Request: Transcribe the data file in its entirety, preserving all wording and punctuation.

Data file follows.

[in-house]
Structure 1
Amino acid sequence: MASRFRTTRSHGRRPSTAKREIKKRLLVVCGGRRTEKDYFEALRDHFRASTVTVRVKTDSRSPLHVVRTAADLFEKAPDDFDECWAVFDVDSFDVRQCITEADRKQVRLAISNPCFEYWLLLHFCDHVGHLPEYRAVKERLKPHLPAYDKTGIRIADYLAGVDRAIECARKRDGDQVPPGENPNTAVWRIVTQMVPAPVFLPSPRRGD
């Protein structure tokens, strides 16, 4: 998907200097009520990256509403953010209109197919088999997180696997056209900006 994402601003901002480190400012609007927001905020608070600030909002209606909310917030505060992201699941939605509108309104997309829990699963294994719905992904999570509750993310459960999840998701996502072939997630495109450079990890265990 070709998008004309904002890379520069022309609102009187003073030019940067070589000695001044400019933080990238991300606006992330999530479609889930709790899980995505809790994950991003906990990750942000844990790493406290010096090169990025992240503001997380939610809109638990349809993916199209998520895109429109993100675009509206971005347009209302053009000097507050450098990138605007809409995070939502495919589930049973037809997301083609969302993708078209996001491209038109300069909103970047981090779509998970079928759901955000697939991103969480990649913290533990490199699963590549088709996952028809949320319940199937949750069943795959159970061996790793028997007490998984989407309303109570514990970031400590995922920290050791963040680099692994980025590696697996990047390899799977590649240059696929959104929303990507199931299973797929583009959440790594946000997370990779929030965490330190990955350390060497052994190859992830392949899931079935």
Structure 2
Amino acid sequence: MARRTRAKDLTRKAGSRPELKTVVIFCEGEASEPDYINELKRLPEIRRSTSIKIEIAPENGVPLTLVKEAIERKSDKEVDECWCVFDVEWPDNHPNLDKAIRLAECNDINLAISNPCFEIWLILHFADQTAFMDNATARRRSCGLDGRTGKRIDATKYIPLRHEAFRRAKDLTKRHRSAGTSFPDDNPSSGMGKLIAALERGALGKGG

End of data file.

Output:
[in-house]
Structure 1
Amino acid sequence: MASRFRTTRSHGRRPSTAKREIKKRLLVVCGGRRTEKDYFEALRDHFRASTVTVRVKTDSRSPLHVVRTAADLFEKAPDDFDECWAVFDVDSFDVRQCITEADRKQVRLAISNPCFEYWLLLHFCDHVGHLPEYRAVKERLKPHLPAYDKTGIRIADYLAGVDRAIECARKRDGDQVPPGENPNTAVWRIVTQMVPAPVFLPSPRRGD
């Protein structure tokens, strides 16, 4: 998907200097009520990256509403953010209109197919088999997180696997056209900006 994402601003901002480190400012609007927001905020608070600030909002209606909310917030505060992201699941939605509108309104997309829990699963294994719905992904999570509750993310459960999840998701996502072939997630495109450079990890265990 070709998008004309904002890379520069022309609102009187003073030019940067070589000695001044400019933080990238991300606006992330999530479609889930709790899980995505809790994950991003906990990750942000844990790493406290010096090169990025992240503001997380939610809109638990349809993916199209998520895109429109993100675009509206971005347009209302053009000097507050450098990138605007809409995070939502495919589930049973037809997301083609969302993708078209996001491209038109300069909103970047981090779509998970079928759901955000697939991103969480990649913290533990490199699963590549088709996952028809949320319940199937949750069943795959159970061996790793028997007490998984989407309303109570514990970031400590995922920290050791963040680099692994980025590696697996990047390899799977590649240059696929959104929303990507199931299973797929583009959440790594946000997370990779929030965490330190990955350390060497052994190859992830392949899931079935």
Structure 2
Amino acid sequence: MARRTRAKDLTRKAGSRPELKTVVIFCEGEASEPDYINELKRLPEIRRSTSIKIEIAPENGVPLTLVKEAIERKSDKEVDECWCVFDVEWPDNHPNLDKAIRLAECNDINLAISNPCFEIWLILHFADQTAFMDNATARRRSCGLDGRTGKRIDATKYIPLRHEAFRRAKDLTKRHRSAGTSFPDDNPSSGMGKLIAALERGALGKGG